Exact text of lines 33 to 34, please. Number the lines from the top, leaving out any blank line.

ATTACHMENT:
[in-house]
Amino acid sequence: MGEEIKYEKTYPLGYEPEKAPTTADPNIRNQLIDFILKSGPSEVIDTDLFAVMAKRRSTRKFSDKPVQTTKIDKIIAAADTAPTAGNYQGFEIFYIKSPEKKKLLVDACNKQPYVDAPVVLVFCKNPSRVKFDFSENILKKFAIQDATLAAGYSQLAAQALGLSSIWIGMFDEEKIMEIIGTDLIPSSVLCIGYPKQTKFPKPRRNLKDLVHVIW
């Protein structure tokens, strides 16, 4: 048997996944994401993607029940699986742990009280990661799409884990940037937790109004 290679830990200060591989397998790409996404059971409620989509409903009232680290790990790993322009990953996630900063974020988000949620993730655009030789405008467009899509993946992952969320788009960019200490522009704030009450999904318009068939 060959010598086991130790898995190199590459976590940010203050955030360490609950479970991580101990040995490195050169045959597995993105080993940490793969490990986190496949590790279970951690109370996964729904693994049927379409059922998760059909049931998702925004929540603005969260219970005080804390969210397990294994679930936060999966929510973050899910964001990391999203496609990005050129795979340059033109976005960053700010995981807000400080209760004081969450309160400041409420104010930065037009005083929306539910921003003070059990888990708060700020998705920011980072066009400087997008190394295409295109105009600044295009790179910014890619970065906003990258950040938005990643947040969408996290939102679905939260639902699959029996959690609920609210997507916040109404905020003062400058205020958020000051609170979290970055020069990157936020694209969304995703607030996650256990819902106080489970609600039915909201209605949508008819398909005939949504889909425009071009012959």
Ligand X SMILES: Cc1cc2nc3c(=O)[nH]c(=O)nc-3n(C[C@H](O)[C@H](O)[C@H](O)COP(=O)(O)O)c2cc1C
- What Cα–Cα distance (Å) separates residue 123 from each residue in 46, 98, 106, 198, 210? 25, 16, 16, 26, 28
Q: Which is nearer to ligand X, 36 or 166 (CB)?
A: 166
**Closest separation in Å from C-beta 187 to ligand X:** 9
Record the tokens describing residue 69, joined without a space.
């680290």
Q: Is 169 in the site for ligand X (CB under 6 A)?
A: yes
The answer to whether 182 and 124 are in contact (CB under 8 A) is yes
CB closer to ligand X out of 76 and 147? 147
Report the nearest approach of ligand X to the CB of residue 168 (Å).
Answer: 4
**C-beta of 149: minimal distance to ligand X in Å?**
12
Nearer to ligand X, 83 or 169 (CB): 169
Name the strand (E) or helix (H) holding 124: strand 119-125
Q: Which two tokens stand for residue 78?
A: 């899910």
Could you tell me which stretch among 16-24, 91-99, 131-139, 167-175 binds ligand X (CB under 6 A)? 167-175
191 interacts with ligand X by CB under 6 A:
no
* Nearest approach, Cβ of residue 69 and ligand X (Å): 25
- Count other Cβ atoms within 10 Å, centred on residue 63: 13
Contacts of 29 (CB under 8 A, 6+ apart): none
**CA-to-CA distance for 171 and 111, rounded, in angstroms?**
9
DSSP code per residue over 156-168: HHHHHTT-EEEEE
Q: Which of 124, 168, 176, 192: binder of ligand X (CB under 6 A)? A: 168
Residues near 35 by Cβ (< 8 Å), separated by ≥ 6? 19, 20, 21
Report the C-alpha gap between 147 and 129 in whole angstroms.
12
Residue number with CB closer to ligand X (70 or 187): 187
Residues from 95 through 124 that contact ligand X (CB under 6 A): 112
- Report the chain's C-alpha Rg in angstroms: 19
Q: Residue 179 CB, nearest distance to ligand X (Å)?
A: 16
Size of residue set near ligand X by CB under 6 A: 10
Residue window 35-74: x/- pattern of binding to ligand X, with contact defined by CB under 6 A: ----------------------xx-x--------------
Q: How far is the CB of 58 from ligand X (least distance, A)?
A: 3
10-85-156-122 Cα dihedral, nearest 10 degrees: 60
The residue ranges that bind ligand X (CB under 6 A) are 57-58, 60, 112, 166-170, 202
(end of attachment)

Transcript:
Residues near 35 by Cβ (< 8 Å), separated by ≥ 6? 19, 20, 21
Report the C-alpha gap between 147 and 129 in whole angstroms.